Home Menara English Local Group kickstarts online campaign to include Rukunegara in Federal Constitution

Group kickstarts online campaign to include Rukunegara in Federal Constitution

Chandra Muzaffar and six others kick off a campaign on January 23, 2017 in IIM, Kuala Lumpur to promote their initiative for the Rukun Negara to be made the preamble to the Constitution. — Picture by Choo Choy May

KUALA LUMPUR, Jan 23 — Calling themselves the “Rukunegara Mukadimah Perlembagaan” (RMP), a group of seven activists today kicked off the move to push for the Rukunegara or National Principles to be made a preamble of the Federal Constitution.

Without stating an exact number of people it hoped to get to support the inclusion of the Rukunegara in the Constitution, RMP’s head Chandra Muzaffar said his team has set a benchmark of up to April 30 to collect as many signatures as possible through its newly created website.

Chandra said the group will also will submit an application with the Rulers Council in hopes that it would advise the Cabinet and Parliament to act accordingly.

“Only through the amending the Constitution can we include the Rukunegara as the preamble,” he said in his speech at the launch of the group’s campaign.

Others in the movement are: Datin Paduka Marina Mahathir, human rights lawyer Firdaus Husni, Professor Madya Dr Madeline Berma who is director of Universiti Kebangsaan Malaysia’s Tun Fatimah Hashim Women’s Leadership Centre, law professor Datuk Dr Shad Saleem Faruqi, Musawah global movement director Zainah Anwar and Professor CT Tan.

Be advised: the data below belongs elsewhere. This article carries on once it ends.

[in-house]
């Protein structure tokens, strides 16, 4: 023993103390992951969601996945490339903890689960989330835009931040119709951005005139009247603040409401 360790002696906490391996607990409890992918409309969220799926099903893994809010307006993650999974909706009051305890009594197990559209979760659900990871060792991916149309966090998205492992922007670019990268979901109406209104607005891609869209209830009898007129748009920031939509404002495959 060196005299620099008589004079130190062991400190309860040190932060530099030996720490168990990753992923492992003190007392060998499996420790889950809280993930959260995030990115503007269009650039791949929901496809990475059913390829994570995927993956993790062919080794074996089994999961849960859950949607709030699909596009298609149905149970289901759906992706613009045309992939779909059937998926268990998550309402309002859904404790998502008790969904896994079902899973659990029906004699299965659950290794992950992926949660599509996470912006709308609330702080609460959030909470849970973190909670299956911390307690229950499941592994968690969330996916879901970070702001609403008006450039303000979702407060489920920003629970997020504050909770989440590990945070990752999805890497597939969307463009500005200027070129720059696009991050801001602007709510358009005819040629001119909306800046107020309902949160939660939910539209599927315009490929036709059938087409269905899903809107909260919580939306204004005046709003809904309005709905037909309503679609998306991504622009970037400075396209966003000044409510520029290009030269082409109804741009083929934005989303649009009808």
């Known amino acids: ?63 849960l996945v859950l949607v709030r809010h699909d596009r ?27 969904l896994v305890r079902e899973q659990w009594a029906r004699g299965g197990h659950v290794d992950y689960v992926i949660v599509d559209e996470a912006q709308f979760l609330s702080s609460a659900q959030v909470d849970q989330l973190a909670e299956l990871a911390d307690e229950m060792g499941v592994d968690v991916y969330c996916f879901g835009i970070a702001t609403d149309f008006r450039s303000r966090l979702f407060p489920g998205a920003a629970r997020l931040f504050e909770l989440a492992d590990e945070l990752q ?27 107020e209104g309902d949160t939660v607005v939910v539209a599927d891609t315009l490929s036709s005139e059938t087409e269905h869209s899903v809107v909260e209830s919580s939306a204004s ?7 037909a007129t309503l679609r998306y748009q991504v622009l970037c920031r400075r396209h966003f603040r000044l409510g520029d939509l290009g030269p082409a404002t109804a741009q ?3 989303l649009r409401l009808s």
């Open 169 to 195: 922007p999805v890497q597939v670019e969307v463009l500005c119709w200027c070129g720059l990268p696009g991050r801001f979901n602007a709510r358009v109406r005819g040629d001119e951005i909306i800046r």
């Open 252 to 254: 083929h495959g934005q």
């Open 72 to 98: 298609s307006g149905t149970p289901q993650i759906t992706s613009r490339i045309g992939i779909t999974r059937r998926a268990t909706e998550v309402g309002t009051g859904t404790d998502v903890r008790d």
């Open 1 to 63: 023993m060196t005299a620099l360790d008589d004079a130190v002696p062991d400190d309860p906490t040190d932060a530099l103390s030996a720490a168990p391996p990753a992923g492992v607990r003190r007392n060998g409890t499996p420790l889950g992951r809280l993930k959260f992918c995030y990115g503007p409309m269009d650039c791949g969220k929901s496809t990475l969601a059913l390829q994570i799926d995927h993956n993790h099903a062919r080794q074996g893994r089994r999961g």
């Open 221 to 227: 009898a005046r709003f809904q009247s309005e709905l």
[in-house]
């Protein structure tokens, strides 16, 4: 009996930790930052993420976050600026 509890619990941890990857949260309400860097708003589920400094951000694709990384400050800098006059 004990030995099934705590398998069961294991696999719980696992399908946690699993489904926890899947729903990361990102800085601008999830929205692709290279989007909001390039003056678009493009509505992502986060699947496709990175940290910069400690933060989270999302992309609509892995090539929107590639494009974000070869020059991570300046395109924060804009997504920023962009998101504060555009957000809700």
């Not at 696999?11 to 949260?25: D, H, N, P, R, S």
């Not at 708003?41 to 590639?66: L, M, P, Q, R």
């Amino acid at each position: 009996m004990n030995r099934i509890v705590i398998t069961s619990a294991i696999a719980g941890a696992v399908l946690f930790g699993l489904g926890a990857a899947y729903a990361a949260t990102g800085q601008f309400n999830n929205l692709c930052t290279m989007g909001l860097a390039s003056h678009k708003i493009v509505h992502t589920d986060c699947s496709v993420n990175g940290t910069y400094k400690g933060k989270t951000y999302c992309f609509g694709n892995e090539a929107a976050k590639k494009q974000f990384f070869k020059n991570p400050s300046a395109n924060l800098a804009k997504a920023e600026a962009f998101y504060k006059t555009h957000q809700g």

At a press conference later, Chandra could not give an exact date when asked when the group was expected to submit the letter with the Rulers’ Council.

The Rukunegara are five principles introduced by the government following the race riots of 1969. They are: belief in God, loyalty to king and country, the supremacy of the constitution, the rule of law, and civility and decency.

As the name “National Principles” suggest, they are philosophies rather than rules, and contain ideals that the government hoped would encourage national unity in the wake of deadly racial unrest.

The Rukunegara is taught to all students in local schools, and regularly recited during school assemblies to reinforce their recall.

Those who wish to support the cause can do so here.

The Malay Mail Online